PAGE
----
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Doujin and Doujinshi - Meaning in Japanese

Monday, October 10, 2016
Now, be honest, I'm pretty sure you've heard about doujnshi 同人誌 before, haven't you? Haven't you?! I know you have. You'd be here reading this post about the words doujin 同人 and doujinshi 同人誌 were you not concerned about what their actual meaning were in Japanese.


What is Doujin in Japanese

I don't know what you were expecting, but the word doujin 同人 in Japanese means more or less what it literally is, "same people."

Yep. "Same people." Combining the kanji from words like onaji 同じ, "same," and hito 人, "person," the word doujin means literally  "same people" in Japanese. A doujin is one person or a group of people who share the "same hobby," onaji shumi 同じ趣味.

So what do these "people of same hobby" do together? Stuff and things. Most likely stuff and things related to their shared hobby. Stuff like drawing manga, writing stories, making music, etc., which would be the so-called doujin katsudou 同人活動, "doujin activities."

Doujin vs. Doujinshi

So if doujin 同人 is that then what the hell is doujinshi 同人誌?

The word doujinshi 同人誌 is, obviously, just the word doujin with this shi 誌 attached to it. The shi 誌 part, which is the important part, means "publication," just like in the word zasshi 雑誌, which means "magazine," a sort of publication. Therefore, a doujinshi 同人誌 is nothing more and nothing less than a publication of a certain doujin 同人.

Though I use the word "publication" here that is by no means professional. Many doujin do not publish commercially or professionally and do not make a business out of it. Those who do are often considered "indie," most likely have a proper job and are making doujinshi on their free time. Finally, there are actually professional, full-time doujin out there, but by that point you stop saying a doujin published something and start saying a company published something.

Another term to note is that someone who works with doujinshi, that is, as an author, as part of a doujin, is often called a doujinka 同人家.

Types of Doujinshi

Because the hobby of a doujin is likely to be drawing manga 漫画, most of the time all a doujin publishes is manga, which can also be called doujinshi, because you can pretty much assume whatever a doujin publishes is going to be a manga. However, some doujin have other hobbies to make in mind, like:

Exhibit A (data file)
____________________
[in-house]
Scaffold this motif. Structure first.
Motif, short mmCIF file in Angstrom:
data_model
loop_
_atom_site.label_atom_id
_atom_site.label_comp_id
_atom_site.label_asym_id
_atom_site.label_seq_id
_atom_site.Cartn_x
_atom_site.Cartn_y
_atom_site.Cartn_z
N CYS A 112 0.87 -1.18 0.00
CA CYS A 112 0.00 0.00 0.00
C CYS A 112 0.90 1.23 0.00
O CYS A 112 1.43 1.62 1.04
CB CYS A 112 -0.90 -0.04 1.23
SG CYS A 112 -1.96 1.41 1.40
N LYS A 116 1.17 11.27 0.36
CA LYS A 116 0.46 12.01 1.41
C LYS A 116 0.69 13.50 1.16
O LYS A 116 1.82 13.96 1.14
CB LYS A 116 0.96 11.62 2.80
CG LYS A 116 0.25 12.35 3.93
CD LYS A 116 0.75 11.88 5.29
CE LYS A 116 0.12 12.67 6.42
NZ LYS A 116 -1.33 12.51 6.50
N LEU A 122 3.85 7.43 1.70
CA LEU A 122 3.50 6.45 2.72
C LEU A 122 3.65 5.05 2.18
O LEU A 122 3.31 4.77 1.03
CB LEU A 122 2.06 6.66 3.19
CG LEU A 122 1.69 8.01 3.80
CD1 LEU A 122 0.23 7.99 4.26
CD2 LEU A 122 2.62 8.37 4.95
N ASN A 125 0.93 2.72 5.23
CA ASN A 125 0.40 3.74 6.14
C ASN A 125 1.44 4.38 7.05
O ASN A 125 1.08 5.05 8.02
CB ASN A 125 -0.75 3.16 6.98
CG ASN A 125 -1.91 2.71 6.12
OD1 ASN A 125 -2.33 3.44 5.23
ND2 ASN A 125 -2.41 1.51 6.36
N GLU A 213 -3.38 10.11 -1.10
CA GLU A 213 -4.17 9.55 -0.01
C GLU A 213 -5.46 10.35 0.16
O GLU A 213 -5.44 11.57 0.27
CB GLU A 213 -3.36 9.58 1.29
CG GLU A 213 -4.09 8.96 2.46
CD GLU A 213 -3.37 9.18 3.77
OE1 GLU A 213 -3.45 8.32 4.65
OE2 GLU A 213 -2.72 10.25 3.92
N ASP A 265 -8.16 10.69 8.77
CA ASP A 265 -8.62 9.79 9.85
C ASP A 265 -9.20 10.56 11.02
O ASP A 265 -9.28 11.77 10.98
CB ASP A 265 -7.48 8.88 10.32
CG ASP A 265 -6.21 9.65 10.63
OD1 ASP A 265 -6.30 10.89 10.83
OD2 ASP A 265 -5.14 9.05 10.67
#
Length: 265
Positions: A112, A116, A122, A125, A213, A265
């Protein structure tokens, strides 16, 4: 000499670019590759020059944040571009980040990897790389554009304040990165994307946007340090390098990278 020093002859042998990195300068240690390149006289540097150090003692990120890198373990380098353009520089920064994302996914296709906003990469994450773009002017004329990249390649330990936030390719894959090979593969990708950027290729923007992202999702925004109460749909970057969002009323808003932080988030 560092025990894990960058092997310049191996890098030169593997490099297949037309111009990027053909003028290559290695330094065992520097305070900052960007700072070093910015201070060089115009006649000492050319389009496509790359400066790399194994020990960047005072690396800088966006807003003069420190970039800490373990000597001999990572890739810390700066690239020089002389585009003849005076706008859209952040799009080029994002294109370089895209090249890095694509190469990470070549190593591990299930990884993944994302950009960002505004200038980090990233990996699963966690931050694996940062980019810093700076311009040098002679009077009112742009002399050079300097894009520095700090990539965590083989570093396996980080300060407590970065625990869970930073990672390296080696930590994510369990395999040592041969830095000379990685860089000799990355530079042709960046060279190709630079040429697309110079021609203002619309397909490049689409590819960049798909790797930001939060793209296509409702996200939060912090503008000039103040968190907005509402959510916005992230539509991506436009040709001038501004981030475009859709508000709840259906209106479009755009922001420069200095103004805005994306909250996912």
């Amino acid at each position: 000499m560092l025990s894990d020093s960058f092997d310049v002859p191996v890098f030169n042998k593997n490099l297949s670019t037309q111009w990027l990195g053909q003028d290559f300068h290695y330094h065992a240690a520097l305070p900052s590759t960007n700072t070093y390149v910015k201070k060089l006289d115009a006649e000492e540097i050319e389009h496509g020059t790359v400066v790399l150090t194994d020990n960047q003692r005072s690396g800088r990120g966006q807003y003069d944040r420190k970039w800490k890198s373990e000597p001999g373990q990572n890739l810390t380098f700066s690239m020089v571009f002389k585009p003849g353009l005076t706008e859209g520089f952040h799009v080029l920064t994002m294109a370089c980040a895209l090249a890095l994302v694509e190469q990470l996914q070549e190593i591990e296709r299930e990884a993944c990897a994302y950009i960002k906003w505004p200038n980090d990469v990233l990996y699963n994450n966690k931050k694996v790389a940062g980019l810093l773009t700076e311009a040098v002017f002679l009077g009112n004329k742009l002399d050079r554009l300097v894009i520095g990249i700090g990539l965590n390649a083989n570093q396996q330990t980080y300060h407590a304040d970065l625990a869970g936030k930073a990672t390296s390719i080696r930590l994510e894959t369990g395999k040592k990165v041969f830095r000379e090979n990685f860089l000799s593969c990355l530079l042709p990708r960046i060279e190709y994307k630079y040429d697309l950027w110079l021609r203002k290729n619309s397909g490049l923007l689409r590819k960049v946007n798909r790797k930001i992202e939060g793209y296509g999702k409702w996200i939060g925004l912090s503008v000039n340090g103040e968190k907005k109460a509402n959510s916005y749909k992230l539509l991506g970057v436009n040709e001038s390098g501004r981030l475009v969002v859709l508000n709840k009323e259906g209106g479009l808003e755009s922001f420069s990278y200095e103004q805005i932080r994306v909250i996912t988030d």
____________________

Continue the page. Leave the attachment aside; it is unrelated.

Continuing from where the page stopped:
• doujin komikku 同人コミック
    Manga series. (why komikku)
  • doujin shousetsu 同人小説
    Novels. Stories.
  • doujin ongaku 同人音楽
  • doujin geemu 同人ゲーム
    Game. Video-game. Computer game.
  • doujin sofuto 同人ソフト
    Software. (includes games)

And so on.

In the case of doujin geemu it's important to note that software like RPG Maker and others contribute to the great number of them. Even outside Japan and Japanese, there are people of same hobby using RPG Maker to make their own games for fun.

Doujinshi vs. Fan Art Comics

Plenty of doujinshi is based also fan art, derivative works based upon or which use characters or ideas from series which the doujin has absolutely nothing to do with and has no legal right whatsoever to copy.

In Japan, many professional mangaka 漫画家 have started out as doujinka 同人家, so they don't feel like suing every doujin and their mother for using the manga characters they created in some stupid, totally unrealistic love story told in doujinshi format.

It is important to note, however, that not all doujinshi are fan art comics. Plenty of doujinshi are, plenty of them are not. Many doujinshi are original works that have no characters or ideas stolen from other people. It just happens that, in Japan, any fan art comic you make by yourself or with your friends is by default called doujinshi.

What is a Doujin Circle?

A "circle" is a geometric shape with no sides that looks like this ◯, and by the way is called maru まる in Japanese. A saakuru サークル, however, is a word which comes from "circle" and has a meaning like a "circle of friends."

In reality, a saakuru is just a name for a group of people, often a group of doujin. Since doujin can also be interpreted as a "group" things can get a little complicated because their meanings start getting a little mixed up.

Basically, you can say: what is this saakuru called? What are these doujin called? And what is this doujinshi called? Because the word doujin always assume more than one person. Also, a saakuru can have a name, a doujinshi can have a title, but doujin doesn't have anything like that.

Another way of thinking about it is with the phrase: this doujinshi was made by a saakuru made out of doujin.

Doubts? Post a comment below!


  1. I recently saw a survey asking if fans used the term "doujinshi" or "doujin" for self-published Japanese works sold at Comiket and the like. So I decided to see what the difference in the terms actually was. Thanks for the lesson!


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